Central Bank predicts soft landing for housing
CENTRAL Bank chief John Hurley yesterday added his voice to the ranks of those predicting a soft landing for the Irish housing market.
He said that looking at the market as a whole, he expected "low single-digit growth" for the year.
While prices rose by 12pc last year, they dropped in the first months of 2007 for the first time in five years.
Mr Hurley attributed the slowdown in house prices to the ECB's eight interest-rate increases since late 2005, which he said have curbed demand for property after a fourfold increase in prices over the past decade.
Addressing delegates at a conference in Dublin's Morrison Hotel, Mr Hurley said that the crucial issues for Ireland remain the maintenance of a high level of living standards, ensuring the continuing competitiveness of the economy and adjusting to shocks originating outside the euro area.
Ireland's economy and living standards have converged on those of the most advanced countries, he said, adding that there is a widespread belief that lower productivity growth will lead to a slower growth in output.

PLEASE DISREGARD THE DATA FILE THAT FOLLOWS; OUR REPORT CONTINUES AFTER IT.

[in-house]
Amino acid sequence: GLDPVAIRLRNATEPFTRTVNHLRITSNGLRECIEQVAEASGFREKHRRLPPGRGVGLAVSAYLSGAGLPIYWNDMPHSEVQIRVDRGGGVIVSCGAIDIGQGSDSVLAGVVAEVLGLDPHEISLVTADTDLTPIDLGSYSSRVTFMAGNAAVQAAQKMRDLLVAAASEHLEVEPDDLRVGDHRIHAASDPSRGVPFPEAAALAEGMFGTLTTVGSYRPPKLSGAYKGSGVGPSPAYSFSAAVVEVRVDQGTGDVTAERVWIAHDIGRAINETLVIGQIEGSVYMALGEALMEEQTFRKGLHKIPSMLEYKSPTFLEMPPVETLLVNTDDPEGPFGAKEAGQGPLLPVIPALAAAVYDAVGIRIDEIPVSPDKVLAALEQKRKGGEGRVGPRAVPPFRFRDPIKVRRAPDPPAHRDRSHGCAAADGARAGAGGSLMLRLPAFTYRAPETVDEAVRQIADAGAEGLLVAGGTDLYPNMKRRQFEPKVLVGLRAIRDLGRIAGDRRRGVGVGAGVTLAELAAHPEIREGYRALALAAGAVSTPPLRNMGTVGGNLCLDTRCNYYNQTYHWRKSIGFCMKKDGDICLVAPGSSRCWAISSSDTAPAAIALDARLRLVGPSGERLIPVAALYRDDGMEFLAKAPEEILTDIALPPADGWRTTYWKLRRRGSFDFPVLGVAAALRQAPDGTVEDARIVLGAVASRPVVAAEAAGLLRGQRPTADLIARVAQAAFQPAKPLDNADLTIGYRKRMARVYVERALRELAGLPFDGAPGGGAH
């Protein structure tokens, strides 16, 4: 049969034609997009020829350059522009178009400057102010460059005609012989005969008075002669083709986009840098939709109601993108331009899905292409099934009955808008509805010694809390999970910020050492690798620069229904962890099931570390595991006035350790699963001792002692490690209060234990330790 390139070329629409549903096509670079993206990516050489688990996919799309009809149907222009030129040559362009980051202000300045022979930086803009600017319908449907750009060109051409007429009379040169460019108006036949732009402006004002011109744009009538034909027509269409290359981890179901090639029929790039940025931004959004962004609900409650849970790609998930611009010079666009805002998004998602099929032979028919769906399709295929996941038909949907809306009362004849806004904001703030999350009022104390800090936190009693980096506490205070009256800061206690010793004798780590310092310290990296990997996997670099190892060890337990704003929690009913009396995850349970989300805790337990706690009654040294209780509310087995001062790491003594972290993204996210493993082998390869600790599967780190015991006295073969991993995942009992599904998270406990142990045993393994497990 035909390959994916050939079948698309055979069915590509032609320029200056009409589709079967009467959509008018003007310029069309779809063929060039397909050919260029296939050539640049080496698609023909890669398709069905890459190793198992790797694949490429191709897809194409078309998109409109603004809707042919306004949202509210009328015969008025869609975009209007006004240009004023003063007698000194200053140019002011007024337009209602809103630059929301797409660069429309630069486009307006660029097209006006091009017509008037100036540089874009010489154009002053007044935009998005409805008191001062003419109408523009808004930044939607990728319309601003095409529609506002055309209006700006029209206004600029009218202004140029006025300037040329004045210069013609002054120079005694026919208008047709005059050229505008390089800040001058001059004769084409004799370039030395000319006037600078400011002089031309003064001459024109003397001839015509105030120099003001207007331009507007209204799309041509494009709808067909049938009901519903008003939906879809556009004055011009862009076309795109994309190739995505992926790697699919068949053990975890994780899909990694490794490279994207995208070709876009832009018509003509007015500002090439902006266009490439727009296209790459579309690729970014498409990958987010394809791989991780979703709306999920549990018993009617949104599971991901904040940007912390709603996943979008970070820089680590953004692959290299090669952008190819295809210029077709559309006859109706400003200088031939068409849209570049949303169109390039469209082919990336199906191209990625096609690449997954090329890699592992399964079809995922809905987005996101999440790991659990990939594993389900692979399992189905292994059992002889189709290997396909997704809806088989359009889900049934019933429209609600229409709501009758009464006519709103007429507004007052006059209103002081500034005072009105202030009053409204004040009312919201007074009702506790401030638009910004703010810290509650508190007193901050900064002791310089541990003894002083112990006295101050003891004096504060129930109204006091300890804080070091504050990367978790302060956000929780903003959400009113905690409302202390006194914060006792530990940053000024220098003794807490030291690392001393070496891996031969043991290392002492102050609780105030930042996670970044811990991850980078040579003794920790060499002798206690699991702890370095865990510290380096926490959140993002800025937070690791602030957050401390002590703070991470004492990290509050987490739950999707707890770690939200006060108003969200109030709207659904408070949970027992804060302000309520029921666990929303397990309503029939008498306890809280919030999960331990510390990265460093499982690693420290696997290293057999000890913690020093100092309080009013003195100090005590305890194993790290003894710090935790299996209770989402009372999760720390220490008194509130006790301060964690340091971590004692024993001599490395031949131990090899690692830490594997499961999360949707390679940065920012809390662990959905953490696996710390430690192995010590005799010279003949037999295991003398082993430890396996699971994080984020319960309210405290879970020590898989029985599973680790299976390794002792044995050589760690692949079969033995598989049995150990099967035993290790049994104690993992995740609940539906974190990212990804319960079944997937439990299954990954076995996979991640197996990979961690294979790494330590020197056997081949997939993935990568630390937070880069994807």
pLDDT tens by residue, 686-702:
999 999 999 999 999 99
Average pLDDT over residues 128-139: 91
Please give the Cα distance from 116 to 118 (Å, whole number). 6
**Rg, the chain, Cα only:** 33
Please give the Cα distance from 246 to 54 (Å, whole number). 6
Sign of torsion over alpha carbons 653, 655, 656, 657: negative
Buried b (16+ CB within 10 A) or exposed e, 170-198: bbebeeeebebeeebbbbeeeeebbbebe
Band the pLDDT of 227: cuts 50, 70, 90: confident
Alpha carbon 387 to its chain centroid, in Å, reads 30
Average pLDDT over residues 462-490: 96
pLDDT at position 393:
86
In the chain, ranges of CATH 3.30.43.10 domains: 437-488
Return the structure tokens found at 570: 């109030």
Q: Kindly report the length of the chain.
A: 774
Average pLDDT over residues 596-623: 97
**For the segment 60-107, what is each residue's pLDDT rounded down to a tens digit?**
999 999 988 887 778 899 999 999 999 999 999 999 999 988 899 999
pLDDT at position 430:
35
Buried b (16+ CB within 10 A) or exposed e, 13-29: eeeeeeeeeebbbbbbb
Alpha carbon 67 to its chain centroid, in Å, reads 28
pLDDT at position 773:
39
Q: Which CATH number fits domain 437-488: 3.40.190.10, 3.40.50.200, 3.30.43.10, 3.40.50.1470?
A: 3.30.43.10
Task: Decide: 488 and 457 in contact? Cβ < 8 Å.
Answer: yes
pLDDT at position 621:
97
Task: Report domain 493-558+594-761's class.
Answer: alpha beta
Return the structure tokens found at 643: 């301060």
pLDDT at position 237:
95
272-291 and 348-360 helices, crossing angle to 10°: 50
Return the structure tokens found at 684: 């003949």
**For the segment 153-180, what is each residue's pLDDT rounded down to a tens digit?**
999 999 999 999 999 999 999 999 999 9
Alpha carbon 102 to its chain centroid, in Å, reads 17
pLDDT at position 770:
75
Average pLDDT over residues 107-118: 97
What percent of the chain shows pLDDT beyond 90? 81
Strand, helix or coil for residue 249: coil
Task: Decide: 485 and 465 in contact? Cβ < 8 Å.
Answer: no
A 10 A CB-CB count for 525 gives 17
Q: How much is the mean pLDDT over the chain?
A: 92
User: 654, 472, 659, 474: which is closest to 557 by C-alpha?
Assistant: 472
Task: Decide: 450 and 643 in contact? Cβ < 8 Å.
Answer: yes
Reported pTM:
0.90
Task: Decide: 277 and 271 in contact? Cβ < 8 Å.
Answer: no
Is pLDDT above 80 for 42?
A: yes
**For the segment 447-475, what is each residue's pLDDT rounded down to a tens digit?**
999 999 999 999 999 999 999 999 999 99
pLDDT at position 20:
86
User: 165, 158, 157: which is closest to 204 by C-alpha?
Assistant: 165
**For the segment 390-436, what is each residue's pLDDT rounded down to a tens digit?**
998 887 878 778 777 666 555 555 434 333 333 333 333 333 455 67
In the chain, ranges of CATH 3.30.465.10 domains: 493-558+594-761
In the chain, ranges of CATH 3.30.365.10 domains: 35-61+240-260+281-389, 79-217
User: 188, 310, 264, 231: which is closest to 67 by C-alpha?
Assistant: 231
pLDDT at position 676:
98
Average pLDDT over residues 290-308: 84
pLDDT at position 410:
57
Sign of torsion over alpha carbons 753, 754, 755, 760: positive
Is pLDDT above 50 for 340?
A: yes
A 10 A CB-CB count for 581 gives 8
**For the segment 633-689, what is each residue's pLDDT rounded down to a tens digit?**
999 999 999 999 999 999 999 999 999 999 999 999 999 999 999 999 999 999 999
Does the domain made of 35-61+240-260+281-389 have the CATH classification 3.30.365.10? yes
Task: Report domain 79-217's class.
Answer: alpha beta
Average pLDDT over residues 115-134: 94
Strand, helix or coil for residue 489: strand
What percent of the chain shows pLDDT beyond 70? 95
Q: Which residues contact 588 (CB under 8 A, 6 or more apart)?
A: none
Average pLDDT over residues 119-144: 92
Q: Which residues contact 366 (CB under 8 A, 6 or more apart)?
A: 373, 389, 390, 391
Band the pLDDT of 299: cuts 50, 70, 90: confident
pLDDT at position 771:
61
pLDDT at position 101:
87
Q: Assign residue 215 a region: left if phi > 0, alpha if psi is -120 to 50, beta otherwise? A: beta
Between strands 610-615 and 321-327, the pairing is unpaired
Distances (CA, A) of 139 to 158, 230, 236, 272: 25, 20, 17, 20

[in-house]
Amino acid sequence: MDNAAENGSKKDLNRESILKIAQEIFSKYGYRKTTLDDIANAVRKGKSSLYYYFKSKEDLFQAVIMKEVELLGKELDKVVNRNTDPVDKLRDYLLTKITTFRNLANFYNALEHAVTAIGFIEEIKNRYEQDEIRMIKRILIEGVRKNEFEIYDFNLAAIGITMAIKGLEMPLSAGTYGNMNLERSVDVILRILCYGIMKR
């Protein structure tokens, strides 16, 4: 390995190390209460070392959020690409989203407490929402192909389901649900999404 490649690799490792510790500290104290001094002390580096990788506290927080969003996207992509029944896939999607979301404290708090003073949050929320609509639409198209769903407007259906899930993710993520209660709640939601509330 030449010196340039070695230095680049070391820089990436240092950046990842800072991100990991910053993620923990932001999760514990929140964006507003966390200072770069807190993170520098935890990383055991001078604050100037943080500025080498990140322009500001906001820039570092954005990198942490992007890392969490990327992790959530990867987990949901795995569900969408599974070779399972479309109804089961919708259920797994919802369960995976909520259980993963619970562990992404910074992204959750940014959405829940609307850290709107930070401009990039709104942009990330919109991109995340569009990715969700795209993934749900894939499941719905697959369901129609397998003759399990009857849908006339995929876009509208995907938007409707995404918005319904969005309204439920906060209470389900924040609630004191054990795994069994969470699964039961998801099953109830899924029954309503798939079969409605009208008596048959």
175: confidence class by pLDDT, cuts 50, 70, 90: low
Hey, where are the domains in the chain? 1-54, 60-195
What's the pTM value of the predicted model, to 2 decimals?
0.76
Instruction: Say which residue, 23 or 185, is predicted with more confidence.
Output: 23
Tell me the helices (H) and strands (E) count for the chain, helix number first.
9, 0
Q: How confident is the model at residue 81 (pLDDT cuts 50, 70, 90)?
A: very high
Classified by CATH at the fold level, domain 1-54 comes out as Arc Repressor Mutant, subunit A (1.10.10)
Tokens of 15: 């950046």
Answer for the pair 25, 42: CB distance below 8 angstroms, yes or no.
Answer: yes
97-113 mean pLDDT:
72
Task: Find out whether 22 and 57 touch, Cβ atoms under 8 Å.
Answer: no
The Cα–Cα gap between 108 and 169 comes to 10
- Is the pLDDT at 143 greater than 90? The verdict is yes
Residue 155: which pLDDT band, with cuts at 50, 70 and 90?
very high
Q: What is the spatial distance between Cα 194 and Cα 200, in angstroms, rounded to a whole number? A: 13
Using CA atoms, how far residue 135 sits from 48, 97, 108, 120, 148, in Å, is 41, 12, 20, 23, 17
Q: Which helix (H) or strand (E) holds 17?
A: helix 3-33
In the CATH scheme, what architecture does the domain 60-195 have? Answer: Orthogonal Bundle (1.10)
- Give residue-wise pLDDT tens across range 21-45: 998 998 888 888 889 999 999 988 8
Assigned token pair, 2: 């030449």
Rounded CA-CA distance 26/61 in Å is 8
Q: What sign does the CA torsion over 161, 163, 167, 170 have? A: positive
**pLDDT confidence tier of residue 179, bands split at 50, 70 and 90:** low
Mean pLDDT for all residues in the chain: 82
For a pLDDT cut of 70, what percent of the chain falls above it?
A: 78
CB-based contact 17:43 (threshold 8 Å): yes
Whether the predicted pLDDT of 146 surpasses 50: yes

He said that this raises the prospect of inflation and that the social partners have a role in ensuring that pay increases take due account of productivity developments.
"Policies that promote competition, continue the development of the country's infrastructure, and that provide a framework that fosters research and development, innovation and entrepreneurship are all important for limiting inflationary pressures," he said.
On the performance of the economy Mr Hurley was optimistic, pointing out that the euro area economy has gone from strength to strength over the past 18 months.
"The economy expanded at its fastest pace for six years in 2006, and the medium-term outlook for growth remains favourable.
"The information we have for the first quarter of 2007 suggests that growth remained healthy.
"Looking ahead, the conditions are still in place for the euro area economy to grow solidly," he said, adding that external demand, while moderating, should still provide some support, while domestic demand seems set to maintain good momentum.
On the question of shocks originating from outside the euro area, he said the resilience of the economy depends on the capacity of both the product and labour markets to be flexible.
He said the key challenges are to maintain competitiveness so as to protect and sustain living standards and to deal with the effects of any asymmetric shocks hitting the euro area.
"In that regard, it will be necessary to continue to have flexible labour and product markets."